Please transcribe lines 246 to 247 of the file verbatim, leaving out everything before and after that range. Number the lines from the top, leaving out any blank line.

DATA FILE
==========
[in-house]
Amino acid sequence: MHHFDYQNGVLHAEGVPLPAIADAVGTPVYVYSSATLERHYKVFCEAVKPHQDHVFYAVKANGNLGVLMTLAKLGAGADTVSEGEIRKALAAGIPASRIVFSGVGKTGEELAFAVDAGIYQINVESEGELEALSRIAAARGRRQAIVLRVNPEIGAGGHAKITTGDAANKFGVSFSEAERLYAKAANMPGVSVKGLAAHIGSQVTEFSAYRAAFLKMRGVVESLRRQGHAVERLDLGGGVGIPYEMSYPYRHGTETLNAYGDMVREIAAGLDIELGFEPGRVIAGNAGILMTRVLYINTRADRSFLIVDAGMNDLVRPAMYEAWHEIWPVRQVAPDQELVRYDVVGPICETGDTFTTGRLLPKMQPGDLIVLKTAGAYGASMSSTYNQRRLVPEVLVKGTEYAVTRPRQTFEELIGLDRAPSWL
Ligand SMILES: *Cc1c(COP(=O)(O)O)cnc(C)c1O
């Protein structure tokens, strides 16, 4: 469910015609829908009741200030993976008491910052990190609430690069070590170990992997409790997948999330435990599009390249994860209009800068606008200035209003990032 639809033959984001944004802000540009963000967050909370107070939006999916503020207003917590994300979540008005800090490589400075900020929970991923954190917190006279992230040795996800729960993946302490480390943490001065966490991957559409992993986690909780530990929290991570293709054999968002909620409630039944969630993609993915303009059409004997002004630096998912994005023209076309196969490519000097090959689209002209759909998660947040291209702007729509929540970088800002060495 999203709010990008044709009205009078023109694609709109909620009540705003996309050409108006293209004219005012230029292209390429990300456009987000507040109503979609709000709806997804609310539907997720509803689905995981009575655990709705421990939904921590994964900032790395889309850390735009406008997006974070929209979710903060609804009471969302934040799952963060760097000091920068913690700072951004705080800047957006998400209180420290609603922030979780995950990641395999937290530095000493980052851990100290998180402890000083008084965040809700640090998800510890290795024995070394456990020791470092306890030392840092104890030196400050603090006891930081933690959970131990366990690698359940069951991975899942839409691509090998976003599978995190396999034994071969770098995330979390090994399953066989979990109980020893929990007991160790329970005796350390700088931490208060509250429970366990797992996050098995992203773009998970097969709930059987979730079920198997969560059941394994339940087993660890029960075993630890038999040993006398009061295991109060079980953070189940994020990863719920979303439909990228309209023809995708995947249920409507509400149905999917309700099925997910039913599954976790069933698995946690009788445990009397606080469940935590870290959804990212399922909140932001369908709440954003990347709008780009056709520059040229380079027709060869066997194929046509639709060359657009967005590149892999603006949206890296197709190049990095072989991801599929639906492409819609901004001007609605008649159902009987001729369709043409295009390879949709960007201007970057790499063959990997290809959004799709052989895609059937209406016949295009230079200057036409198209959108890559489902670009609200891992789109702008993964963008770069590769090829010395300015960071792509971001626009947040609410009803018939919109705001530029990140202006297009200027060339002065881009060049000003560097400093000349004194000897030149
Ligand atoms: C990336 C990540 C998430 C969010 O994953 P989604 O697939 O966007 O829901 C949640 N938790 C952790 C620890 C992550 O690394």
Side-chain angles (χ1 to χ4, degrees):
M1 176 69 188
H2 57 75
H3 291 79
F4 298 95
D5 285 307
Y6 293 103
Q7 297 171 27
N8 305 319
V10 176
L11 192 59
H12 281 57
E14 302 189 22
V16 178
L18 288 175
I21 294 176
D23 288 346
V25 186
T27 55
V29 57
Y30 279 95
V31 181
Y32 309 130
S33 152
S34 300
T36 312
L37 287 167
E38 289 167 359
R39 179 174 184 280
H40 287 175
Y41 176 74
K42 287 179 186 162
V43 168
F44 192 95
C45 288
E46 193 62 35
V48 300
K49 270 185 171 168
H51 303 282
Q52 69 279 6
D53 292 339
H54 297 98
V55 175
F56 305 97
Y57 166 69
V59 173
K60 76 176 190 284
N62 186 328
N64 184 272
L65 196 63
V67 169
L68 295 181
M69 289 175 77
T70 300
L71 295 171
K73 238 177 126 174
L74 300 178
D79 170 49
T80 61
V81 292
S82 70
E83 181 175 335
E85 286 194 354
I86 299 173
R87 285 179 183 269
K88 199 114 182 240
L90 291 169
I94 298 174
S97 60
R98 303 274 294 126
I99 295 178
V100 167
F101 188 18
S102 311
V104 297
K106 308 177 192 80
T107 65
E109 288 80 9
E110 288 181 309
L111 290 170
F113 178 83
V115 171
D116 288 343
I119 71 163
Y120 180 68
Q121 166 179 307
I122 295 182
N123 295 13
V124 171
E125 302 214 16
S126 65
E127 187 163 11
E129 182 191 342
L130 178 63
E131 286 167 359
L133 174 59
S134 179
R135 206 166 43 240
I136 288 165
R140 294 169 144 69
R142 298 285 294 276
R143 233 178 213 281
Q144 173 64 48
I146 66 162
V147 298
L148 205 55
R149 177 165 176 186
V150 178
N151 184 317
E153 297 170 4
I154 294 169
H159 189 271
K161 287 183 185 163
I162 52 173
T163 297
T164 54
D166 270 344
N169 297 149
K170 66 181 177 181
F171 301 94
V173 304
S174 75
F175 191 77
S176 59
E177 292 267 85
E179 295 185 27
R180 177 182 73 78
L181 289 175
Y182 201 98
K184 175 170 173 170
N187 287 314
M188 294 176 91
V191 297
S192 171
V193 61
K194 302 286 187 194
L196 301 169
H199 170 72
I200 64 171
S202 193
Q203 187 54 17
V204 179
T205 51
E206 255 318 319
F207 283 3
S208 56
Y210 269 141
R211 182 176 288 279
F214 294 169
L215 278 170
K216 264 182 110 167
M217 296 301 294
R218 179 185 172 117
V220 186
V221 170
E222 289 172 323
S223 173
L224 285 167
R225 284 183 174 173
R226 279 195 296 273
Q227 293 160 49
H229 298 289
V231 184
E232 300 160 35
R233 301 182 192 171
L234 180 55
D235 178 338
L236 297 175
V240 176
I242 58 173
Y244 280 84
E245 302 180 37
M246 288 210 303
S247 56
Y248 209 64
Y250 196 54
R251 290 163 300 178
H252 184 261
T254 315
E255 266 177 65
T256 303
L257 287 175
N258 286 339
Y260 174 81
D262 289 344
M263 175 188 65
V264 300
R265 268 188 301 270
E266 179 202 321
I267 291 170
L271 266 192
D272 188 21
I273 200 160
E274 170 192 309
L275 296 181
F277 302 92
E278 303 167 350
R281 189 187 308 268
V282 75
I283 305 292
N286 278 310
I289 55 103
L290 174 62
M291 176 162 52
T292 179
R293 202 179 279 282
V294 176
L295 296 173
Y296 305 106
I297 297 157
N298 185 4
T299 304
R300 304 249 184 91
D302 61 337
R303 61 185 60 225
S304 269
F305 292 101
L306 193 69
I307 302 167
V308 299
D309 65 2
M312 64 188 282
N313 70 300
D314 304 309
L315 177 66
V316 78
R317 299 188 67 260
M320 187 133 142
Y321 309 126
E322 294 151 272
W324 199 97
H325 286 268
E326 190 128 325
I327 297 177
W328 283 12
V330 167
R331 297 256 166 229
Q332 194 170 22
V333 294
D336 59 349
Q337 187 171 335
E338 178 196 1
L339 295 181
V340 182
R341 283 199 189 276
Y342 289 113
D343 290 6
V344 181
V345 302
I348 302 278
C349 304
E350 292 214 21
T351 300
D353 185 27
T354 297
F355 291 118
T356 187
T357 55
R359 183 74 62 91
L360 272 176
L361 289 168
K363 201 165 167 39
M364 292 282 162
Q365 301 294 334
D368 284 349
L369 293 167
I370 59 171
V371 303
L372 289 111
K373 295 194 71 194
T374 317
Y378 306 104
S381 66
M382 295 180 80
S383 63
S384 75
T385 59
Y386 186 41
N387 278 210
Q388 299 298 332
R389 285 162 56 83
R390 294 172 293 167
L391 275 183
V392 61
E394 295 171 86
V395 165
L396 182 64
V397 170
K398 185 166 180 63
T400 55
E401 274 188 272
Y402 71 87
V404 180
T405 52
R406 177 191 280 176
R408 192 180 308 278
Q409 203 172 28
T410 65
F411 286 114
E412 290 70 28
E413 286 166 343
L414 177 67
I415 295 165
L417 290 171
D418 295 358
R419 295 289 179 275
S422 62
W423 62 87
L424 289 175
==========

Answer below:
Q337 187 171 335
E338 178 196 1